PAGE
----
So you're making the industry work for you instead of working within the industry...

Right, and that's something that I've always had to do. It's not like I ever fit in anywhere, and I could never really get anywhere with just working and playing the same game.

Just from my own experience seeing comics, it always an evolution where you are getting a fair percentage of old material, and then new stuff cycled in, whereby every time I see you, it's 90 minutes of fresh material, seemingly within the realm of an overarching theme. How does that evolve. Is there times when you are just in clubs developing it and then the big tour occurs?

Yeah, which is what I'm having to go back and do now. I have to go back and develop a show, work it out and make it so it will be like the last two. So, I'm going into a heavy touring schedule of small schools or theaters and clubs all over the place, just looking to try things out, just so I'll be ready for a new show next year.

Is it a conscious thing that each show has a theme. I mean, Notorious C.H.O. is very driven around issues of sex...

But that's just what was going on at the time. I was having a lot of different difficulties and weird experiences with relationships, so that's what that was about...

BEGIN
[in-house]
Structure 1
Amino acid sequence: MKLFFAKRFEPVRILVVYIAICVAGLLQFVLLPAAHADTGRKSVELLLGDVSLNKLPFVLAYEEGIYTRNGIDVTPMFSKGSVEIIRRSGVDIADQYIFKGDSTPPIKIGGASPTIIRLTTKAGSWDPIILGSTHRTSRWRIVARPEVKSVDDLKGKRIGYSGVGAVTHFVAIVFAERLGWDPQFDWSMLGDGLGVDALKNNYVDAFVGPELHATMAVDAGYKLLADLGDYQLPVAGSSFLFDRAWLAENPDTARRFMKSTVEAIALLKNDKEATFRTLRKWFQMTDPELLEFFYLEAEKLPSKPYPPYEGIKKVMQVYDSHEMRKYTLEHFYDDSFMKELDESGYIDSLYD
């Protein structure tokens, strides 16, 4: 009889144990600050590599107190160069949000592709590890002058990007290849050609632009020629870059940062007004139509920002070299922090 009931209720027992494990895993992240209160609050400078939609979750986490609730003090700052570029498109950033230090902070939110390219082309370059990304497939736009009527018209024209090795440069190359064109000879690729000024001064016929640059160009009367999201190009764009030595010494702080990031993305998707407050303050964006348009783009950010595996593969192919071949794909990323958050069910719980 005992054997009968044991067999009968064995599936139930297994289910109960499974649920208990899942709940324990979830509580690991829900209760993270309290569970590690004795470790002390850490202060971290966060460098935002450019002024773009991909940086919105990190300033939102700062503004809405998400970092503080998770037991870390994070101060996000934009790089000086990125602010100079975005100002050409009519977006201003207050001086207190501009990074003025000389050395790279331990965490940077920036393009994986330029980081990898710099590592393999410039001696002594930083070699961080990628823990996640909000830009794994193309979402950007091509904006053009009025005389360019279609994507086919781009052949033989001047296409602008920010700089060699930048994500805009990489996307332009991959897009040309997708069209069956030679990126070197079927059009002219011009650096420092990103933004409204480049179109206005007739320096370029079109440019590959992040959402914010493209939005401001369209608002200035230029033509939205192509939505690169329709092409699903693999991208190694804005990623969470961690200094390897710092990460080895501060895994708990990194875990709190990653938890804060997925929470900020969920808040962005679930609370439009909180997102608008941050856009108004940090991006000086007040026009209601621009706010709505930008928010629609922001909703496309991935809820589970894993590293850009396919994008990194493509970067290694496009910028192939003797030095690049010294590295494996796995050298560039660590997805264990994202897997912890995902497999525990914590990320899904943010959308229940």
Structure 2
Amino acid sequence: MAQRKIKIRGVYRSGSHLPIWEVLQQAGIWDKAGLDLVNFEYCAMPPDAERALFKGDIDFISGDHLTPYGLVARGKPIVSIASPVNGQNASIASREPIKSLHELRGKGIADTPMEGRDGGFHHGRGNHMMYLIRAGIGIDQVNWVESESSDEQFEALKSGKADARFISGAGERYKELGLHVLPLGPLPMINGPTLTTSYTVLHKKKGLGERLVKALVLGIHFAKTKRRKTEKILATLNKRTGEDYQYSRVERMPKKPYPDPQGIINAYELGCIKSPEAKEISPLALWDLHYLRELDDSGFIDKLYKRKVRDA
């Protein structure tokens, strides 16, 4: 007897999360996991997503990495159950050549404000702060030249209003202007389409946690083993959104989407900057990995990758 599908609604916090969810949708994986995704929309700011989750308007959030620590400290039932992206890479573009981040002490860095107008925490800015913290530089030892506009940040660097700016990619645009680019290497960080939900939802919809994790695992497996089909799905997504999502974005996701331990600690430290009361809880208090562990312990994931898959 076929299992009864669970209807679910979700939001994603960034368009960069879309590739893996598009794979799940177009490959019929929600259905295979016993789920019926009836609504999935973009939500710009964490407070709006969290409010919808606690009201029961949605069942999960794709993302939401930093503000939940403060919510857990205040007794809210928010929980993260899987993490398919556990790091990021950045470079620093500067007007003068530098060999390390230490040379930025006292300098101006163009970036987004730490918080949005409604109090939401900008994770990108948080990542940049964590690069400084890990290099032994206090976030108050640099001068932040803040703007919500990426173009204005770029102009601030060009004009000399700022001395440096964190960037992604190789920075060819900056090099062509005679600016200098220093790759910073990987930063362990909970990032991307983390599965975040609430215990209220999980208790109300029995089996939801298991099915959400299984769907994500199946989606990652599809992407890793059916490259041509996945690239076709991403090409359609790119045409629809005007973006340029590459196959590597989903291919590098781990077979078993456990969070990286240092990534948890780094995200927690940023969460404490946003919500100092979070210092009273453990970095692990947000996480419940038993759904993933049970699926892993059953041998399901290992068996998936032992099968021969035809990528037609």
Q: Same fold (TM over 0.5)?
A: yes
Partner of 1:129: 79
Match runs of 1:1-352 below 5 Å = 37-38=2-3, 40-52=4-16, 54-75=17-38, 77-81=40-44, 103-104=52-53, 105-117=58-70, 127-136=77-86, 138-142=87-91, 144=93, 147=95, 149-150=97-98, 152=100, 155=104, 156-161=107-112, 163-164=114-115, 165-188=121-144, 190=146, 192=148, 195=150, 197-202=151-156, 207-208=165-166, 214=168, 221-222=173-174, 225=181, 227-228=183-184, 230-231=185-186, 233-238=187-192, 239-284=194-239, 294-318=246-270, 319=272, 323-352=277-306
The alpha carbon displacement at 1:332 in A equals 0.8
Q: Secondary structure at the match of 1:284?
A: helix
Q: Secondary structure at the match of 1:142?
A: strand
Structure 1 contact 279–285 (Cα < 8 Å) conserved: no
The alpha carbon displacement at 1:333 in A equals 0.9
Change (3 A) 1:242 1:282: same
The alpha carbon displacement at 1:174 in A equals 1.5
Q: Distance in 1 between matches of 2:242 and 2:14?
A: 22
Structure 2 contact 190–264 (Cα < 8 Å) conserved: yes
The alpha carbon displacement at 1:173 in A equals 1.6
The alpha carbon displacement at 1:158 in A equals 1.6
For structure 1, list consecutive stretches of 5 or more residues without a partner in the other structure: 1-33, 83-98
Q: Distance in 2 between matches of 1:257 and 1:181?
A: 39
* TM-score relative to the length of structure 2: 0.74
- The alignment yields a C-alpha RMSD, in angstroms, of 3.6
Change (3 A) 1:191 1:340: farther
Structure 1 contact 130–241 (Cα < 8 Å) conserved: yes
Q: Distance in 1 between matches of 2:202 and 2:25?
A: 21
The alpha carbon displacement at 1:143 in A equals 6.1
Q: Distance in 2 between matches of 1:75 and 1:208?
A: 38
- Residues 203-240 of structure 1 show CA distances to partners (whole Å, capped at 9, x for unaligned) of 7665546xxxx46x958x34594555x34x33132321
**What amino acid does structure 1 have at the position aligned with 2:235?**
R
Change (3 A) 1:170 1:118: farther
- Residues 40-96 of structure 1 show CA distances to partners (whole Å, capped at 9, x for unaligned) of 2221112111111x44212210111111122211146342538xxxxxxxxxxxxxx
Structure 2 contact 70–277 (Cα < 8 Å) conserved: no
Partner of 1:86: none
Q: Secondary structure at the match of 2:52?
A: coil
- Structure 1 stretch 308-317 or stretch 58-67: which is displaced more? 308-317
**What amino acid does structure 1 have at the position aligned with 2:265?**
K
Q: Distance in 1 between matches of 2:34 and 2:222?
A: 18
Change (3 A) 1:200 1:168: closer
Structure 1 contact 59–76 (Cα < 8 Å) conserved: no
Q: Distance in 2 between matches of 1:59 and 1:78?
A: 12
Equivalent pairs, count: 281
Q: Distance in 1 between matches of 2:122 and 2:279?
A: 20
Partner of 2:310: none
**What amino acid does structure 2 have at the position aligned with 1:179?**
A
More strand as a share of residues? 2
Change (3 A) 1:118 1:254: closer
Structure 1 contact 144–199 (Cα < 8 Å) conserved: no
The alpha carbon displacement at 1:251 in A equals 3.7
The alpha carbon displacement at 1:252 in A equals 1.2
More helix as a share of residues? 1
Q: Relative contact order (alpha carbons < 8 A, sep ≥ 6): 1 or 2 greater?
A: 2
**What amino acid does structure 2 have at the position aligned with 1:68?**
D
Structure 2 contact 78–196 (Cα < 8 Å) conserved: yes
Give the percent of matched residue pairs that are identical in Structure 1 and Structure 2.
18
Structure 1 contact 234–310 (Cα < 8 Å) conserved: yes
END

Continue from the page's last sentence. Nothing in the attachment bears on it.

I'm just curious, since you said your next show is political in nature...

I think that's what it is. I mean, you never know. I'm just developing more of a consciousness around politics. I think everyone pays more attention to current events these days, certainly after 9-11. So, I think that's what the show is... we'll see.

And if won't occur that you come up with some great sex story, and be all 'Damn, why didn't this happen in time for the sex-themed show?'

No, it will work itself out. I'm open to anything.

My favorite part of Notorious CHO is the stories about Alan and Jeremy just because it was just a great way to keep their spirits alive and show how their impact on your life still affects you... I know you avoid labels, but did you identify as a gay youth?

Yeah. Absolutely. And I always had gay friends. And I always had that feeling about myself, that I was not like everyone else, that I had this thing of isolation. So, I really identify with gay teens who are going through that right now. This kind of weird feeling of not belonging, and wanting to, and not sure how to go about being ourselves.

Since our readers are located in the midwest and in a lot of remote places, people would think that growing up in San Francisco would be ideal because it's this gay mecca. Was that your experience?